Sage Tea Bags - Caffeine Free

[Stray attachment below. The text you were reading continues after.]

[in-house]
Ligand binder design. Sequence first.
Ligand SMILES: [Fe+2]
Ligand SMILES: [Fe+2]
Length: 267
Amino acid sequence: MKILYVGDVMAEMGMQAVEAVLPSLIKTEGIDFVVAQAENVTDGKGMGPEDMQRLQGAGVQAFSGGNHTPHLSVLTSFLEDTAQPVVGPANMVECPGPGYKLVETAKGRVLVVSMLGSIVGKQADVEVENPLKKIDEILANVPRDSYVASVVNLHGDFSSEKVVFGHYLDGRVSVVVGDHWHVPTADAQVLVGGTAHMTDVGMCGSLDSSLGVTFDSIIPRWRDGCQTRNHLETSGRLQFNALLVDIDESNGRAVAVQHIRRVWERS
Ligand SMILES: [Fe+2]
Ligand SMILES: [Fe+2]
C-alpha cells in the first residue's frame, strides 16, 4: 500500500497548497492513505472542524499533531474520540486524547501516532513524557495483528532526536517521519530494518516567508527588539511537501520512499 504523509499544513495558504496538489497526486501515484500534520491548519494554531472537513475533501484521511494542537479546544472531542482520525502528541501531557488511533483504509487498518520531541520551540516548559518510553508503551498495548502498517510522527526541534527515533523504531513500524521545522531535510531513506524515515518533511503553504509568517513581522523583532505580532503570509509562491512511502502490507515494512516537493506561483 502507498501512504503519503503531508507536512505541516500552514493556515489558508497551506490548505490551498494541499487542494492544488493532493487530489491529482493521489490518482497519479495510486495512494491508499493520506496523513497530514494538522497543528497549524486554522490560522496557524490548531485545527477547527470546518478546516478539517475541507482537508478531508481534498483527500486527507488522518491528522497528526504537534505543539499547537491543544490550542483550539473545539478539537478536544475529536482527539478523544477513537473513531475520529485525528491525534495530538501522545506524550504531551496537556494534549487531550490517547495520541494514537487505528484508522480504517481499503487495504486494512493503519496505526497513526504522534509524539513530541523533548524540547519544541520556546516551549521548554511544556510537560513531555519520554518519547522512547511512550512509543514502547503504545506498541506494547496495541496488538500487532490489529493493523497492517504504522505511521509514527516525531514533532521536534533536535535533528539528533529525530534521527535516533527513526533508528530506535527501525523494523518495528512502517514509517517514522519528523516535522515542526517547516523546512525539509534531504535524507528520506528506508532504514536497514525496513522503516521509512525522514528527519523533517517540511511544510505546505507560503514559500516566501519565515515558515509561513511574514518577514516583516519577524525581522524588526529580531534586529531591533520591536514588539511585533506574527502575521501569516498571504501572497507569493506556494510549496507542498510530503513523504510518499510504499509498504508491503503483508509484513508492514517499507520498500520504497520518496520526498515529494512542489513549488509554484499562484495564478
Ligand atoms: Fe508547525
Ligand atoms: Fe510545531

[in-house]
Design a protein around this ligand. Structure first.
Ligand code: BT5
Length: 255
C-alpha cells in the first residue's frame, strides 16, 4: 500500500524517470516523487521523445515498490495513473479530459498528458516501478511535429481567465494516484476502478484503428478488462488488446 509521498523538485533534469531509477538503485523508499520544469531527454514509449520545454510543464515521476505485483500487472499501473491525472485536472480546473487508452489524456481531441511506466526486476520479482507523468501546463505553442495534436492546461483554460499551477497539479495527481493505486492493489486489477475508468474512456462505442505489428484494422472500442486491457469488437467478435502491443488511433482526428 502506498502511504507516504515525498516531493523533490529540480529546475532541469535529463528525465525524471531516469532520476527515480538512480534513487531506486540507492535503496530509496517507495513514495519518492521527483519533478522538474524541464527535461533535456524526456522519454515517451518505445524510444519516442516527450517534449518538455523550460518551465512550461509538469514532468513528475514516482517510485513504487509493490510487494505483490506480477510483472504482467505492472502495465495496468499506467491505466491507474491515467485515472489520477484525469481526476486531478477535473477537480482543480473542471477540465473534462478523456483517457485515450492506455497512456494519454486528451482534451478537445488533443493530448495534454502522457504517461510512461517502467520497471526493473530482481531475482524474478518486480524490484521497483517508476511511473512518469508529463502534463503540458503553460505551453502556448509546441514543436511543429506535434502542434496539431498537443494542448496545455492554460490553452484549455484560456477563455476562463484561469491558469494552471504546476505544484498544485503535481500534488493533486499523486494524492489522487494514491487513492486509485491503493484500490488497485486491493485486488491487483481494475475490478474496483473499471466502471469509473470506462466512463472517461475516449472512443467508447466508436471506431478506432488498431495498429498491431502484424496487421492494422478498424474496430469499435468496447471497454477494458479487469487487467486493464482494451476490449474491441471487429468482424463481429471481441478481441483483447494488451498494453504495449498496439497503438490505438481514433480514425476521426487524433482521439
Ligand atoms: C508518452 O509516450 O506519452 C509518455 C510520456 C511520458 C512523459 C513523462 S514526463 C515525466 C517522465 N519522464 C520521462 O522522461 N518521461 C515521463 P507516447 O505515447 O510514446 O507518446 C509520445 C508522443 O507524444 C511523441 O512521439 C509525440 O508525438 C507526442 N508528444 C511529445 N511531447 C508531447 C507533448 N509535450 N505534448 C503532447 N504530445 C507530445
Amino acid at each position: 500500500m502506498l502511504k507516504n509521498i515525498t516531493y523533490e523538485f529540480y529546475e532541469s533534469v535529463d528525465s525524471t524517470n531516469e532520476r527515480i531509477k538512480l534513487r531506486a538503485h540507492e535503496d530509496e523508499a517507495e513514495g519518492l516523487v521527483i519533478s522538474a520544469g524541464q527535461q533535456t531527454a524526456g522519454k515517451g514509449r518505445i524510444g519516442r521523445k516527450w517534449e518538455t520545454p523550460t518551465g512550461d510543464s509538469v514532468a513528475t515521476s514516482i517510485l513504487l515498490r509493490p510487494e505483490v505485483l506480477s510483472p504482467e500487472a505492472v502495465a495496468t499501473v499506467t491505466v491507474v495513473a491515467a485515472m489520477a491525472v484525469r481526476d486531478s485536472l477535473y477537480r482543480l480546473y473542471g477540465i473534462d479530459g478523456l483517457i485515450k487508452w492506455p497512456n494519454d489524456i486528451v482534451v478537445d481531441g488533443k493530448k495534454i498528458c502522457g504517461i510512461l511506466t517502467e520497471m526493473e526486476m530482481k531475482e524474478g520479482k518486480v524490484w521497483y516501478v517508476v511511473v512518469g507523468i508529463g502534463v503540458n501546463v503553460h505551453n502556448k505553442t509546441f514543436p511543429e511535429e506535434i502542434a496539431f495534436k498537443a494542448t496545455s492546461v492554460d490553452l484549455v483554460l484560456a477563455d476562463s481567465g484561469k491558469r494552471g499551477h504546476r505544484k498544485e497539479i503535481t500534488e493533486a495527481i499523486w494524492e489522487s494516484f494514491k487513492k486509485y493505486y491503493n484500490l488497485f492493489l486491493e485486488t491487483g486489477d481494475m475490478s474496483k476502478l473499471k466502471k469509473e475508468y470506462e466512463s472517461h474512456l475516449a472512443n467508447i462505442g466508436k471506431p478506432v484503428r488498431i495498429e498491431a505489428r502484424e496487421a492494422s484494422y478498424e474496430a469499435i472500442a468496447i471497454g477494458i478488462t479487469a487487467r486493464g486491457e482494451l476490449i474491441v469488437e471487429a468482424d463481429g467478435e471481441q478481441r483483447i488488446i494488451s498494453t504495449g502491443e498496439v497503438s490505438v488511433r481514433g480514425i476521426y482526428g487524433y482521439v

To the ancients, including the Arabians, Sage (salvia officinalis) was associated with longevity and was highly prized. The genus name derives from the Latin for salvation . In early Dutch trading days, the Chinese preferred Sage tea to their own native tea, and gave traders up to four times the quantity of their choicest tea in exchange. The American Indians used it both topically and internally for its health benefits. Sage is often used today as a spice for flavoring vegetables, chicken, meats, fish, and eggs. Sage is a heartening brew, if not made too strong. It can be sweetened with maple syrup, brown sugar or honey, or flavored with a squeeze of orange, lemon or a dash of cinnamon.